Kitten Nutrition: How Much To Feed Your Kitten & More

Congratulations on your newest addition (or two)!

Among the many decisions you will encounter during your pet’s life, what you feed your kitten is hands-down one of the most important. Your kitten’s nutritional needs are just as special as they are! Starting them off on the right foot (err, paw) with a high-quality diet will help their body and brain grow to its best potential.

Kittens experience an explosive growth trajectory and thus have extremely high energy requirements – three times that of an adult, in fact. During their first several months of life, your little purr-pot’s caloric and nutritional needs are the highest they will ever be due to the high metabolic rate and energy demands associated with growth.

Think of metabolism as how fast or efficiently calories are utilized. In the adult animal, whose growth is complete, calories are being used for day-to-day energy to run the machine. In the growing animal, these calories are not only being used to fuel the machine, but to build the machine from the ground up!

To build that purring machine, kittens need the same essential ingredients they will require throughout life, but the proportions of these ingredients need to reflect the demand of rapid growth. Likewise, caloric needs are substantially higher in immature animals.

 An ideal kitten diet should offer high-quality and high-proportion animal meat proteins, healthy fats, appropriate fiber content, and supply the vitamins, minerals, and amino acids essential for complete and balanced nutrition.

  • Proteins: to build tissues and support the developing immune system
  • Fats: energy-dense ingredients; omega-3 fatty acids, DHA, and EPA to support skin, brain, and coat health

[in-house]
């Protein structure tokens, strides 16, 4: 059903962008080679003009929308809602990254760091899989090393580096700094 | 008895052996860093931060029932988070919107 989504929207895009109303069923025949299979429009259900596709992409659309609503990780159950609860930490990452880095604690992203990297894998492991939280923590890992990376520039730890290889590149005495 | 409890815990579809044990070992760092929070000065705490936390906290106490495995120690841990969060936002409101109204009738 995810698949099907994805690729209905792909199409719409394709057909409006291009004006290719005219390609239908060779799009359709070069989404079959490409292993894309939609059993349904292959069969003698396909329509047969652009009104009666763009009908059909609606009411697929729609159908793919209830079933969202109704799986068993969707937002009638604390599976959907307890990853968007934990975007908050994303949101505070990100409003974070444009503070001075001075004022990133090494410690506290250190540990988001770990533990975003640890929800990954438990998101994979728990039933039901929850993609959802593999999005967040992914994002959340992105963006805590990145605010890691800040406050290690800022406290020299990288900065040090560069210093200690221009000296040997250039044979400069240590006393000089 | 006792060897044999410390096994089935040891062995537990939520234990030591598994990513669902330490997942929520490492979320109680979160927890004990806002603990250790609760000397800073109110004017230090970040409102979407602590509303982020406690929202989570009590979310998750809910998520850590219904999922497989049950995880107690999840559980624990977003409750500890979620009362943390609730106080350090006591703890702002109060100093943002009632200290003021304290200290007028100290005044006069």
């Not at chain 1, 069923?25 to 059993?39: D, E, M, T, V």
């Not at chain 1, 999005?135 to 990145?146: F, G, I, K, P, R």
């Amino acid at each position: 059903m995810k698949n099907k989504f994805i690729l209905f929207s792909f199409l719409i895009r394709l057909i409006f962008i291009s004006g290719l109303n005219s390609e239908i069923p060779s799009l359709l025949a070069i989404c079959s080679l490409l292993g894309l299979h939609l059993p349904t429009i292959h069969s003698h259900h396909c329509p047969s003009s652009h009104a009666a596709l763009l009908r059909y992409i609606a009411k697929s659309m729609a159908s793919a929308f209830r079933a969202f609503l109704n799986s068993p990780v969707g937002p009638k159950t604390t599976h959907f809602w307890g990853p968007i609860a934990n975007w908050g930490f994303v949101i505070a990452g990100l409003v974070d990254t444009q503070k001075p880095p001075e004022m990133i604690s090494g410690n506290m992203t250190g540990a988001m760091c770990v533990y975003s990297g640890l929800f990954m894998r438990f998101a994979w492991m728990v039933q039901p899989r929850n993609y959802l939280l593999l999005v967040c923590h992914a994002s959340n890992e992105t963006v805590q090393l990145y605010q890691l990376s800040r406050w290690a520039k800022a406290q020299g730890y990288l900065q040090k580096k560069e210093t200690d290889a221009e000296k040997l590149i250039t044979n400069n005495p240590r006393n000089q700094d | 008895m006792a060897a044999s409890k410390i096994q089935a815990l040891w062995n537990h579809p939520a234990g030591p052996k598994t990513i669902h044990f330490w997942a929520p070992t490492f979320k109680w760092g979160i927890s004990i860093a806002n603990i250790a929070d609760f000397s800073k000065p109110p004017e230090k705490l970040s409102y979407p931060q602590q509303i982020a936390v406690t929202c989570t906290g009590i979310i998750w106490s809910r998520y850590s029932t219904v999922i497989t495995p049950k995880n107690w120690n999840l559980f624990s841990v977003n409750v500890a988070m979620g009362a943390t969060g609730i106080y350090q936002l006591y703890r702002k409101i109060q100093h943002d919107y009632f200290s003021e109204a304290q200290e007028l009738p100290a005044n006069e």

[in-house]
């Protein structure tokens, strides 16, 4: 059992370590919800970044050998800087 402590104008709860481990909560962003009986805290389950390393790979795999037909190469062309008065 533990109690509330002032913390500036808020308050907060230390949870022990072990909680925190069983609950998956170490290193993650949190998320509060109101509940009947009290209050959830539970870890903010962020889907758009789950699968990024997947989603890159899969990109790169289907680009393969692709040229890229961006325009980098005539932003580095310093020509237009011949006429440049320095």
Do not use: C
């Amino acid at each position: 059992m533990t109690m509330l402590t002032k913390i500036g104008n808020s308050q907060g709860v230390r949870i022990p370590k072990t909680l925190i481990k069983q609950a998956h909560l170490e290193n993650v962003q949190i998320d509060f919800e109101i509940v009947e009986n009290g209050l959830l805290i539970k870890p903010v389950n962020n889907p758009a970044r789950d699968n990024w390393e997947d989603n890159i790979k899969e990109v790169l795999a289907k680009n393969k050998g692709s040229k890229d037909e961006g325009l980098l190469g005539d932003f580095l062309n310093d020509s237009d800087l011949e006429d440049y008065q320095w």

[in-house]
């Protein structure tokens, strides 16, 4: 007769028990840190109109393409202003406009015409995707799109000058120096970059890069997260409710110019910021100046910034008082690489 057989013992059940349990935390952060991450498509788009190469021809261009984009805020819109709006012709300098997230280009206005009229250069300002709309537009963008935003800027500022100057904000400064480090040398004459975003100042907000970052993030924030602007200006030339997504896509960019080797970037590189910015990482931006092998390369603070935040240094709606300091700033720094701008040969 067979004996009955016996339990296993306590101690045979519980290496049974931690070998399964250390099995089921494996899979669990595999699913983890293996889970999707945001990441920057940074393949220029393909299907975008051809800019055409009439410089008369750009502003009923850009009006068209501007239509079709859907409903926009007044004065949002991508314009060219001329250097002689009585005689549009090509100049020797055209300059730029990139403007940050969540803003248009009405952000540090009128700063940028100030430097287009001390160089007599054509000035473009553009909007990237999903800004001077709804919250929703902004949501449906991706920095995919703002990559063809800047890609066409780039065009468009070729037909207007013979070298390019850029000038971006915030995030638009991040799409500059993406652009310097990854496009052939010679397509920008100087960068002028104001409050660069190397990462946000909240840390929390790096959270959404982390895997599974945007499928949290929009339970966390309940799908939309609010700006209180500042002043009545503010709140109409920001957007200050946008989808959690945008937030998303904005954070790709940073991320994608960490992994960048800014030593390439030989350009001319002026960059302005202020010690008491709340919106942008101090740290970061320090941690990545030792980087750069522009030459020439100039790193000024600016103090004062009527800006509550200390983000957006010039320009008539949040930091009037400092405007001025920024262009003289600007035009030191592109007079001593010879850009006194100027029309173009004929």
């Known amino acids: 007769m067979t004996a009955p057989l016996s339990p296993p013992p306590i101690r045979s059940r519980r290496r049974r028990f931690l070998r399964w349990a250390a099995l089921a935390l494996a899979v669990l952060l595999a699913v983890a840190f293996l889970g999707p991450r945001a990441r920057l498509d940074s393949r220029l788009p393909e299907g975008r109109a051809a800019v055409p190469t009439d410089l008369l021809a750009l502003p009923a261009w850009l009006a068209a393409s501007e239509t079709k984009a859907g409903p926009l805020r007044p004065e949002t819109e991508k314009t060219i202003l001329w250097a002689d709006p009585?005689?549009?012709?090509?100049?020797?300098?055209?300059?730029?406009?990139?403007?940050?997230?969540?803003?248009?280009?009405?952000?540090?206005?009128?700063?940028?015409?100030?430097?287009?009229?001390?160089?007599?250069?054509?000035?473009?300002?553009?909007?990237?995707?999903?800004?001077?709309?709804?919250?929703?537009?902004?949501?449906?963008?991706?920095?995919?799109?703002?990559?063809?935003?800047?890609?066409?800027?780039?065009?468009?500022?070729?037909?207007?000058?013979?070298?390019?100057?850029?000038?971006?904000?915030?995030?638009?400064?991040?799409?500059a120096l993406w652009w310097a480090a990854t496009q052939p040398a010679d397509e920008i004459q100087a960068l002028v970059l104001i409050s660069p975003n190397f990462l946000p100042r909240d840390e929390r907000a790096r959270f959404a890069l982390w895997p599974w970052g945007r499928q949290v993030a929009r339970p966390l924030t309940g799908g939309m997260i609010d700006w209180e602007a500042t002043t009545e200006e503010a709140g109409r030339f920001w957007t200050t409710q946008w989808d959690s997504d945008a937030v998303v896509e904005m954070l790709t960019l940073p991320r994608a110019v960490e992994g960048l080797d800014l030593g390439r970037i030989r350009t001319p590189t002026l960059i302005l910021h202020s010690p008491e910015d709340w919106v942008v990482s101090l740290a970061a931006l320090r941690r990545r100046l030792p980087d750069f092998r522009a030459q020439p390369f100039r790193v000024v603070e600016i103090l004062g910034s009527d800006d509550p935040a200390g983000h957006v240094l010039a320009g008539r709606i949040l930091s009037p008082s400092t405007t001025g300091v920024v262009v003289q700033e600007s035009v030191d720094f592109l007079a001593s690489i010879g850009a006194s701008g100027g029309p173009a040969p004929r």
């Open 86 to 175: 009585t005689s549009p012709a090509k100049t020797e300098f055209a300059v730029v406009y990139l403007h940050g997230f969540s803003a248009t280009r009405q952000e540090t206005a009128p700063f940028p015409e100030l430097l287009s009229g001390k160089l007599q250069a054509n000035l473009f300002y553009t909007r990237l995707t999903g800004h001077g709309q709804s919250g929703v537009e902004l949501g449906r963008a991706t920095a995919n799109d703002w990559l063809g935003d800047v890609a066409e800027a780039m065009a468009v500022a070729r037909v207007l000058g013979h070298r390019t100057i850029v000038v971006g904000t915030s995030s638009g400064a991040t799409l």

• Vitamins, Minerals, and Amino Acids: Vitamins A & D; Taurine, etc. to create a complete and balanced diet

How often to feed

When kittens are little, their stomachs are tiny as well and cannot hold the volume of food that their adult stomach will be able to accommodate and their GI tracts are still immature. However, kittens require more food on a daily basis than their adult selves. Feeding multiple small meals throughout the day circumvents this issue. Kittens are “grazers” by nature and tend to do well with free-feeding, which provides a more consistent supply of energy. Moistening the food or adding in canned food can also make the meals more palatable and readily digestible.

When your kitten reaches 4 months of age, she has already achieved the majority of her adult size (with the exception of large breed cats like Maine Coons). At this point, you can transition to scheduled meals and twice a day feeding. If you have more than one cat or kitten, it is wise to provide them each with their own personal bowl, so that feeding can be individualized as needed.

How much to feed

High-quality commercial diets like Nulo have suggested feeding amounts listed by body weight and age in the feeding guidelines sections on the bag and website. Remember, these are guidelines. Every kitten is special, down to its individual metabolism and body type, so nutritional requirements will vary.

Ideally, we want to feed a diet that supports an average growth rate. We certainly want to ensure that we are feeding enough, but we also want to be mindful that we are not overfeeding. Having an awareness of your cat’s body condition score (“how well she fits in her clothes”), will help you gauge an appropriate amount to feed. When we overfeed young cats, we can set them up for a lifetime of battling obesity. In humans, the number of adipose (fat) cells that are acquired in our immature years are the number that we will keep as we proceed into adulthood. Essentially, the number and size of our adult fat cells is “set” during childhood; it is the amount of fat that is stored in those cells that fluctuates as we age. When a young cat is overfed, that excessive number and size of fat-storing power can more readily result in obesity as an adult.

Your vet will be seeing your kitten regularly through her first several months of life for wellness checks and vaccines. Your doc can be an excellent resource to determine the appropriate daily volume to feed. 

Meet the Author
Dr. Abby Huggins
As a veterinarian and a competitive triathlete - Abby knows what she chooses to put into her body translates to faster swims, rides, and runs - and she believes the same goes for her patients and her own pets.
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